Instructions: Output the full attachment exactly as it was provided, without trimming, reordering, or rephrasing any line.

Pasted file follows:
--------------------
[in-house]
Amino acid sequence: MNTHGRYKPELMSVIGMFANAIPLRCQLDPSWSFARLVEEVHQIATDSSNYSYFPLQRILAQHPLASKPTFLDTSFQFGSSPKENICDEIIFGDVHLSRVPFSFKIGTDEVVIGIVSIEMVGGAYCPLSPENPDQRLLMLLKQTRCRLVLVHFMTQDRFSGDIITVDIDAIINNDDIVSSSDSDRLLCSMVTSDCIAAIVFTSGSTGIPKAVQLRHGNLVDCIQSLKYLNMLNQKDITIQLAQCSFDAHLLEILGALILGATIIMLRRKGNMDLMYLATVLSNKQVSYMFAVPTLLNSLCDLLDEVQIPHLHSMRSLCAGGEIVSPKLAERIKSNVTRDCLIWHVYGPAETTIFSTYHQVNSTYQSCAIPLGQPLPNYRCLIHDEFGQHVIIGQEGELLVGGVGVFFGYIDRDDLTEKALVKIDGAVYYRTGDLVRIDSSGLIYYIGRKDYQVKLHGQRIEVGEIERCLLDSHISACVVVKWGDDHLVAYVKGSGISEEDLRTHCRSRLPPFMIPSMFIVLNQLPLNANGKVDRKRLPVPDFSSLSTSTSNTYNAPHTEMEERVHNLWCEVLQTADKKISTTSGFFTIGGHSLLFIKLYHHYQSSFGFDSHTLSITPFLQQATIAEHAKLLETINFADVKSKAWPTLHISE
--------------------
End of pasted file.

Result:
[in-house]
Amino acid sequence: MNTHGRYKPELMSVIGMFANAIPLRCQLDPSWSFARLVEEVHQIATDSSNYSYFPLQRILAQHPLASKPTFLDTSFQFGSSPKENICDEIIFGDVHLSRVPFSFKIGTDEVVIGIVSIEMVGGAYCPLSPENPDQRLLMLLKQTRCRLVLVHFMTQDRFSGDIITVDIDAIINNDDIVSSSDSDRLLCSMVTSDCIAAIVFTSGSTGIPKAVQLRHGNLVDCIQSLKYLNMLNQKDITIQLAQCSFDAHLLEILGALILGATIIMLRRKGNMDLMYLATVLSNKQVSYMFAVPTLLNSLCDLLDEVQIPHLHSMRSLCAGGEIVSPKLAERIKSNVTRDCLIWHVYGPAETTIFSTYHQVNSTYQSCAIPLGQPLPNYRCLIHDEFGQHVIIGQEGELLVGGVGVFFGYIDRDDLTEKALVKIDGAVYYRTGDLVRIDSSGLIYYIGRKDYQVKLHGQRIEVGEIERCLLDSHISACVVVKWGDDHLVAYVKGSGISEEDLRTHCRSRLPPFMIPSMFIVLNQLPLNANGKVDRKRLPVPDFSSLSTSTSNTYNAPHTEMEERVHNLWCEVLQTADKKISTTSGFFTIGGHSLLFIKLYHHYQSSFGFDSHTLSITPFLQQATIAEHAKLLETINFADVKSKAWPTLHISE